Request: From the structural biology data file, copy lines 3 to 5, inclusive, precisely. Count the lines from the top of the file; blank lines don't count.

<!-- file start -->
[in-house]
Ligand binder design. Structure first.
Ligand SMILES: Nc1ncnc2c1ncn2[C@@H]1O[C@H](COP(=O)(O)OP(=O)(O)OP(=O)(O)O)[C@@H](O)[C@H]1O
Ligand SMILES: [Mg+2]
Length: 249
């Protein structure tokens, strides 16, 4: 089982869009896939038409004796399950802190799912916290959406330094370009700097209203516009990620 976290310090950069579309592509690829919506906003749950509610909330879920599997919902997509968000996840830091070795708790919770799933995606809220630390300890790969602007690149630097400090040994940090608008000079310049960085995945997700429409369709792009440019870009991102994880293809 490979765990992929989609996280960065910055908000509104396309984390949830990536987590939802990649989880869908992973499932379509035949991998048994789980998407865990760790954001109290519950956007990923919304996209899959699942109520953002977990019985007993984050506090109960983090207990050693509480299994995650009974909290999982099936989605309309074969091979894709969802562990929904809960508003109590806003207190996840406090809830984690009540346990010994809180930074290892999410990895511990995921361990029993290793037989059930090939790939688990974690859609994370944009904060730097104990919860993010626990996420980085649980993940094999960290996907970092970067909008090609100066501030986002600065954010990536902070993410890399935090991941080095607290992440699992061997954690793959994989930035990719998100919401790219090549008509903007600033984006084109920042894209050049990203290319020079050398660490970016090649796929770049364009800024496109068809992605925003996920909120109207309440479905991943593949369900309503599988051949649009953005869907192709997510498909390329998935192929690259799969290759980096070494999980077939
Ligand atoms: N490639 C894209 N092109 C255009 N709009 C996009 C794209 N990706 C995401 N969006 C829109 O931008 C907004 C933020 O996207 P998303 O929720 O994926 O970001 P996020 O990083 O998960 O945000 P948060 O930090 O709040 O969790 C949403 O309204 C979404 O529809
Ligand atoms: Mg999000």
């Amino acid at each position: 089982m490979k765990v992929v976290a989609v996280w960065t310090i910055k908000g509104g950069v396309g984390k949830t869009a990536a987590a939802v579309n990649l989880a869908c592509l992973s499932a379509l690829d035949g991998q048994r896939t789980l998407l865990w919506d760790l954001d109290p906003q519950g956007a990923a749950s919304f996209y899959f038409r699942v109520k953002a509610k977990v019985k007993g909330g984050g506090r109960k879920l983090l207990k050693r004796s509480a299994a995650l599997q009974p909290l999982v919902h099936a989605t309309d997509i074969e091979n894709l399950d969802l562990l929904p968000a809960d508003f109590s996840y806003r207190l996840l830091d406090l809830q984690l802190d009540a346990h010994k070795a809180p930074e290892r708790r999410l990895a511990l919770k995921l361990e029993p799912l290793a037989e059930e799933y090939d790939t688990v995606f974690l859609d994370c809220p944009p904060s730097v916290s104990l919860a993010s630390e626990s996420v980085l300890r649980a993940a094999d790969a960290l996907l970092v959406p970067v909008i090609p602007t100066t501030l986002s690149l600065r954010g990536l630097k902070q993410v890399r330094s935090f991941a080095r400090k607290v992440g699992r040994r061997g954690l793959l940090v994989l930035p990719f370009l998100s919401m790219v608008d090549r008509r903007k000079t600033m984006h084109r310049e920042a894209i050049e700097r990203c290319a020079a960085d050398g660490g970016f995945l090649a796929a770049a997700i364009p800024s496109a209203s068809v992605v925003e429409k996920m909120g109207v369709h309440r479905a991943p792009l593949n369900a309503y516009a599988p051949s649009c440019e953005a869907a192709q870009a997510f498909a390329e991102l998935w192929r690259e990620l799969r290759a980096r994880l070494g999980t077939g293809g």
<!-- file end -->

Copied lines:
Ligand SMILES: Nc1ncnc2c1ncn2[C@@H]1O[C@H](COP(=O)(O)OP(=O)(O)OP(=O)(O)O)[C@@H](O)[C@H]1O
Ligand SMILES: [Mg+2]
Length: 249